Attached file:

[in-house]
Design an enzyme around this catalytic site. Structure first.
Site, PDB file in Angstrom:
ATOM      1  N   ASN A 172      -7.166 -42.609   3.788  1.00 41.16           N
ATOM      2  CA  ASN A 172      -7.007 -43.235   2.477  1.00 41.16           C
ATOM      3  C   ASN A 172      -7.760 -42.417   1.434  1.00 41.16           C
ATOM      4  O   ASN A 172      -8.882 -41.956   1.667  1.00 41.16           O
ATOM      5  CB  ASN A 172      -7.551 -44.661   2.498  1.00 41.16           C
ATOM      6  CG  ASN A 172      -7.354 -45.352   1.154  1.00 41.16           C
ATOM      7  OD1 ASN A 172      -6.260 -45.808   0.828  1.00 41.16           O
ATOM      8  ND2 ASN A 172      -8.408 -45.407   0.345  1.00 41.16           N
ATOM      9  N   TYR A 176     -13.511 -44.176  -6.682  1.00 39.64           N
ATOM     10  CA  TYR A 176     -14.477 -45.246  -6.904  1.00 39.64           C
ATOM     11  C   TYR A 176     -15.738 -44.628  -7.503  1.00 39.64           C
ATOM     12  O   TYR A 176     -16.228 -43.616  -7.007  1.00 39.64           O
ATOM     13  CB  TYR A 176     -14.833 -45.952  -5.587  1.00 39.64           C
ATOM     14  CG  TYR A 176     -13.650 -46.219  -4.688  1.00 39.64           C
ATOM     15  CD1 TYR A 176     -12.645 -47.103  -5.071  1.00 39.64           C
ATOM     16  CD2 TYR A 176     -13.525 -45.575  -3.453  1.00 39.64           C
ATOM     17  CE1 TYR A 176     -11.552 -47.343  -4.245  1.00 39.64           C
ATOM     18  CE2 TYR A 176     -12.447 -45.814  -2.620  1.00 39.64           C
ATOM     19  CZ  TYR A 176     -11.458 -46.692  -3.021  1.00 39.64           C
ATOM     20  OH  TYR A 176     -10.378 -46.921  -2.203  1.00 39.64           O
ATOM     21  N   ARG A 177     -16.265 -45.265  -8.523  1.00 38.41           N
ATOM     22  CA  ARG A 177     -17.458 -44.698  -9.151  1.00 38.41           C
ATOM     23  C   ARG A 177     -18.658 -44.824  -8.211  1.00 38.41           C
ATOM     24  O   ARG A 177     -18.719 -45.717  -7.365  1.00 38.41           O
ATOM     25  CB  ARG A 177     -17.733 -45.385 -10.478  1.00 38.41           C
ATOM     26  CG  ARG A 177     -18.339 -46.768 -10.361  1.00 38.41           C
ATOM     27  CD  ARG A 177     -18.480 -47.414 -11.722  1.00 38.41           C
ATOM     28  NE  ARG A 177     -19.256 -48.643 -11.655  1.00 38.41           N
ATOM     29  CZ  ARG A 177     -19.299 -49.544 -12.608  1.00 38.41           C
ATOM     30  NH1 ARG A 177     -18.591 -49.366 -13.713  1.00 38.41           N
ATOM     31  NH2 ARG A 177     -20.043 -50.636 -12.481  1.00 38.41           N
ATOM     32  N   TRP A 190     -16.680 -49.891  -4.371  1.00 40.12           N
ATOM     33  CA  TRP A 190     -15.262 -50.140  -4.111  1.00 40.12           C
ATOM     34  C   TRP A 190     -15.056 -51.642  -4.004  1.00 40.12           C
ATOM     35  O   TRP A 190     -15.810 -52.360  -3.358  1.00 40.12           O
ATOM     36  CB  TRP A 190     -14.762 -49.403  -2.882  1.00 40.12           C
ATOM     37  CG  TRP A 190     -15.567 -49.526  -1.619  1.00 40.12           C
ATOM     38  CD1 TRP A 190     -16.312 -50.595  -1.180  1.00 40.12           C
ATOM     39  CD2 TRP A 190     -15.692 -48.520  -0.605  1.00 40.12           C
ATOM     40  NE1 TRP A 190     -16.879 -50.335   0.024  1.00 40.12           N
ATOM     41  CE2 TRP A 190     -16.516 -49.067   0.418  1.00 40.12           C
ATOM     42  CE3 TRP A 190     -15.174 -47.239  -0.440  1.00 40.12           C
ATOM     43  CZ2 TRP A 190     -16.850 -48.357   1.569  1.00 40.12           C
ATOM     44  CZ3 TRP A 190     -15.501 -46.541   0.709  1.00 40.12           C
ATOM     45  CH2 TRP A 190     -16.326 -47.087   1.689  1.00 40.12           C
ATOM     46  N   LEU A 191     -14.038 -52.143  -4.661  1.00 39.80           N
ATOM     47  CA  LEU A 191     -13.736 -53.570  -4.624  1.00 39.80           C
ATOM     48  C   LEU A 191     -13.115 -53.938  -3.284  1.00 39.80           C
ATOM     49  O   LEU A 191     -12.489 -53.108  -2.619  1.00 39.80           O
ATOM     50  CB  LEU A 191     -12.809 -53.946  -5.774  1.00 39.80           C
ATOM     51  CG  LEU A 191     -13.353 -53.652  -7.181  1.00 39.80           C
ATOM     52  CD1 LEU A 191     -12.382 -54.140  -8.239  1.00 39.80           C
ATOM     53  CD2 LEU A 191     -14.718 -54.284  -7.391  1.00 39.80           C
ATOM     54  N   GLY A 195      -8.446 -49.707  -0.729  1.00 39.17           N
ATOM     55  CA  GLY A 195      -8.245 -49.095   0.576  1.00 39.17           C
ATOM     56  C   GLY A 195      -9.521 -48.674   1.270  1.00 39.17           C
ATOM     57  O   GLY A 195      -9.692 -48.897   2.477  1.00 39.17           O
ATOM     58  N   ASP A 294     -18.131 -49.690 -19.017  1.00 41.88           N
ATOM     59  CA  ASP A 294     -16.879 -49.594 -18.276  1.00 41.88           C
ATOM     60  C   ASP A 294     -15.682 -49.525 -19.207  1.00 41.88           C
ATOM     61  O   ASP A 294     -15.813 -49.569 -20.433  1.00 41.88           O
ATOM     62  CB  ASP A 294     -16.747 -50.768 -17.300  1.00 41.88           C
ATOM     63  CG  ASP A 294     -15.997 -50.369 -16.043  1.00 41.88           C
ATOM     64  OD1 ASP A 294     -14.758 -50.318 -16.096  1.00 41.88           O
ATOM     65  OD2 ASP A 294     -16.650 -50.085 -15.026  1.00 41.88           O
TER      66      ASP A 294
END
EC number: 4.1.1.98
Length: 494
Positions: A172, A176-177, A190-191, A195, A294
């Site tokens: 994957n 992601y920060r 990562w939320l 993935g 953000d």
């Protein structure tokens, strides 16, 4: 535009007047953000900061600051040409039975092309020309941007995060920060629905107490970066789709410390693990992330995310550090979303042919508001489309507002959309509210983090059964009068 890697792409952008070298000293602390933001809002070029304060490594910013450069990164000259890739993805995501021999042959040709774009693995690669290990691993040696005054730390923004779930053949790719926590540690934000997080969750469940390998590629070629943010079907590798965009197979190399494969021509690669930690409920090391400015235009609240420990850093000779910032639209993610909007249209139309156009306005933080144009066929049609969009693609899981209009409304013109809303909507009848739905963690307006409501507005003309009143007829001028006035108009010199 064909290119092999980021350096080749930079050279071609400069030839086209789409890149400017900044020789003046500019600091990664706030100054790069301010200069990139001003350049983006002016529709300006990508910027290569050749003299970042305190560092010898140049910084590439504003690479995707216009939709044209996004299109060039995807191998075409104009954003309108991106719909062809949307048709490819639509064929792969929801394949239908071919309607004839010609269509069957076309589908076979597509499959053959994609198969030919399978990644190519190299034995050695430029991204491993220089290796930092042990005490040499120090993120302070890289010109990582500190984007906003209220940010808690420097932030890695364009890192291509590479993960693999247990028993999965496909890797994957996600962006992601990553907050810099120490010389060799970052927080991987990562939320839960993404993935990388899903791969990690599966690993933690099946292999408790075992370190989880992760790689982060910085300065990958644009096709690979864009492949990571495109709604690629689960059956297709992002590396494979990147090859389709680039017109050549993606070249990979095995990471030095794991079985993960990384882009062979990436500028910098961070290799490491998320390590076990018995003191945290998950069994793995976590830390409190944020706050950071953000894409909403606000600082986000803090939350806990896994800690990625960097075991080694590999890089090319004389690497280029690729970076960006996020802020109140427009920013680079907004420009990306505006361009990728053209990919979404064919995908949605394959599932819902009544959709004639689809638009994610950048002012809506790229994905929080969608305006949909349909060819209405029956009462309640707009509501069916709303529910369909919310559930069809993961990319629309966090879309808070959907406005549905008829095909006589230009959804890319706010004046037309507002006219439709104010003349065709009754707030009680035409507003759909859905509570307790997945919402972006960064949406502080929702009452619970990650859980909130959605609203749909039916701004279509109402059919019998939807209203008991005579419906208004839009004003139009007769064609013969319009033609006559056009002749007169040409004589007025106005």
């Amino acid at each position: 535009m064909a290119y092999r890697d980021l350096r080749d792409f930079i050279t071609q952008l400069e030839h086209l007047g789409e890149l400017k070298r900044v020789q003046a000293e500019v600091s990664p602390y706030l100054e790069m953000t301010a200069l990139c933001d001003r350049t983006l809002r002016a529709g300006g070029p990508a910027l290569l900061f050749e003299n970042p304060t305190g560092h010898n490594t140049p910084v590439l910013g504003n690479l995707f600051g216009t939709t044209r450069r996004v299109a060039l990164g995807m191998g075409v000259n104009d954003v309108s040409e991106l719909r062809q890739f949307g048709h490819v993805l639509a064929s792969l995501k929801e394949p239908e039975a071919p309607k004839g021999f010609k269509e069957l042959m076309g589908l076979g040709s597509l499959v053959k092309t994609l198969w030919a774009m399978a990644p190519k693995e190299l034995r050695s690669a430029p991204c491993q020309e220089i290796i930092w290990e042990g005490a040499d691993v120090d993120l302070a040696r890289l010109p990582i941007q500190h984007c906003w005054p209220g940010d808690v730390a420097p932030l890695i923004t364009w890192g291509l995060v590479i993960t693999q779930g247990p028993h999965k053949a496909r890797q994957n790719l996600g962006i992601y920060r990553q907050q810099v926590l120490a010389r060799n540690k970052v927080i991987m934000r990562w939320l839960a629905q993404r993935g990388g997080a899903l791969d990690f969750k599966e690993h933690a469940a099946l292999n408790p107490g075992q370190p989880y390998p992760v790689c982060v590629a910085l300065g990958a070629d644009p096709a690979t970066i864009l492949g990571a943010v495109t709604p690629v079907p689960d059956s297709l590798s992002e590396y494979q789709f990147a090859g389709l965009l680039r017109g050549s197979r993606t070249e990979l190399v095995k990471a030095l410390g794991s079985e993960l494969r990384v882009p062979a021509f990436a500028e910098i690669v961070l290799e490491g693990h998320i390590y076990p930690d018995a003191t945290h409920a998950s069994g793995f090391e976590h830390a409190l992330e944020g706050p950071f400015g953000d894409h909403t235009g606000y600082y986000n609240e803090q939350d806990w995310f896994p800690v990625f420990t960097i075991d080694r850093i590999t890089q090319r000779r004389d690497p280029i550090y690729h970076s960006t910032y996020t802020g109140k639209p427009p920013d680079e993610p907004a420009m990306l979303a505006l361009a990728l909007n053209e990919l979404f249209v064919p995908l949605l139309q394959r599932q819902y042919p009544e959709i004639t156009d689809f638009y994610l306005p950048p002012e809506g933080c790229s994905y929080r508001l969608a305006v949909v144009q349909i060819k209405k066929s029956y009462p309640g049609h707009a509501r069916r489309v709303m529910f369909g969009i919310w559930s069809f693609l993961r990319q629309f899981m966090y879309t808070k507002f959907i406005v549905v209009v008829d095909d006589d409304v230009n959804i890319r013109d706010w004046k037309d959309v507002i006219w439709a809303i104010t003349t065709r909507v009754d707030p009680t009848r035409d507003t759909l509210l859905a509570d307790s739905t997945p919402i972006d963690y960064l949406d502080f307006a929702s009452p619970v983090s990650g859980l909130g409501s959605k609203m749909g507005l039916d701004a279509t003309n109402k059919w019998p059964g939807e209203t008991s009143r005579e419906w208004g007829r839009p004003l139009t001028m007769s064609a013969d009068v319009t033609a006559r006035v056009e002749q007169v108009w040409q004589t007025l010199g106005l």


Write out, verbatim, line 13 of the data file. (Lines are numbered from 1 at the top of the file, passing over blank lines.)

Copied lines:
ATOM     10  CA  TYR A 176     -14.477 -45.246  -6.904  1.00 39.64           C